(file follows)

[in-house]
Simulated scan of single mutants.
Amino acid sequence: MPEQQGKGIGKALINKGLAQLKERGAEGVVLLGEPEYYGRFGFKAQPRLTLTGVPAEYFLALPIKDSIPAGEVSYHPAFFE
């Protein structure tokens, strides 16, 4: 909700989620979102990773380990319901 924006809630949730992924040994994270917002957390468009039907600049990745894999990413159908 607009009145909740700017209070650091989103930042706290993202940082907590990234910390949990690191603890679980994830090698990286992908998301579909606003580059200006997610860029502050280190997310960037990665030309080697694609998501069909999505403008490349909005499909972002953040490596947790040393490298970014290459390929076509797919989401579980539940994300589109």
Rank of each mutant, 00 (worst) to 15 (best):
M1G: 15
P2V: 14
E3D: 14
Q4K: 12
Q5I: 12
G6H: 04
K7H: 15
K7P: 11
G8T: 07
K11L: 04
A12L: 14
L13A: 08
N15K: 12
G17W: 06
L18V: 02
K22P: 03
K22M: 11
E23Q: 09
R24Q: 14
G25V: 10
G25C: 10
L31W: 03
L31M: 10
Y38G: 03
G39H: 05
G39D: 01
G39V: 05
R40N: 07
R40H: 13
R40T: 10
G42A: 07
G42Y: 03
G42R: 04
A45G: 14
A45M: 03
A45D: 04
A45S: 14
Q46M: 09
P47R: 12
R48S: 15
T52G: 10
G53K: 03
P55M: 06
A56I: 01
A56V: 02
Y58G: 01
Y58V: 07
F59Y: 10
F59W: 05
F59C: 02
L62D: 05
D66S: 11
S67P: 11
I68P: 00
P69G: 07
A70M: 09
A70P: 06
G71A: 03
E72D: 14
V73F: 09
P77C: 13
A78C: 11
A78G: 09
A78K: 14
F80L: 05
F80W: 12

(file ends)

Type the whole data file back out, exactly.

[in-house]
Simulated scan of single mutants.
Amino acid sequence: MPEQQGKGIGKALINKGLAQLKERGAEGVVLLGEPEYYGRFGFKAQPRLTLTGVPAEYFLALPIKDSIPAGEVSYHPAFFE
């Protein structure tokens, strides 16, 4: 909700989620979102990773380990319901 924006809630949730992924040994994270917002957390468009039907600049990745894999990413159908 607009009145909740700017209070650091989103930042706290993202940082907590990234910390949990690191603890679980994830090698990286992908998301579909606003580059200006997610860029502050280190997310960037990665030309080697694609998501069909999505403008490349909005499909972002953040490596947790040393490298970014290459390929076509797919989401579980539940994300589109």
Rank of each mutant, 00 (worst) to 15 (best):
M1G: 15
P2V: 14
E3D: 14
Q4K: 12
Q5I: 12
G6H: 04
K7H: 15
K7P: 11
G8T: 07
K11L: 04
A12L: 14
L13A: 08
N15K: 12
G17W: 06
L18V: 02
K22P: 03
K22M: 11
E23Q: 09
R24Q: 14
G25V: 10
G25C: 10
L31W: 03
L31M: 10
Y38G: 03
G39H: 05
G39D: 01
G39V: 05
R40N: 07
R40H: 13
R40T: 10
G42A: 07
G42Y: 03
G42R: 04
A45G: 14
A45M: 03
A45D: 04
A45S: 14
Q46M: 09
P47R: 12
R48S: 15
T52G: 10
G53K: 03
P55M: 06
A56I: 01
A56V: 02
Y58G: 01
Y58V: 07
F59Y: 10
F59W: 05
F59C: 02
L62D: 05
D66S: 11
S67P: 11
I68P: 00
P69G: 07
A70M: 09
A70P: 06
G71A: 03
E72D: 14
V73F: 09
P77C: 13
A78C: 11
A78G: 09
A78K: 14
F80L: 05
F80W: 12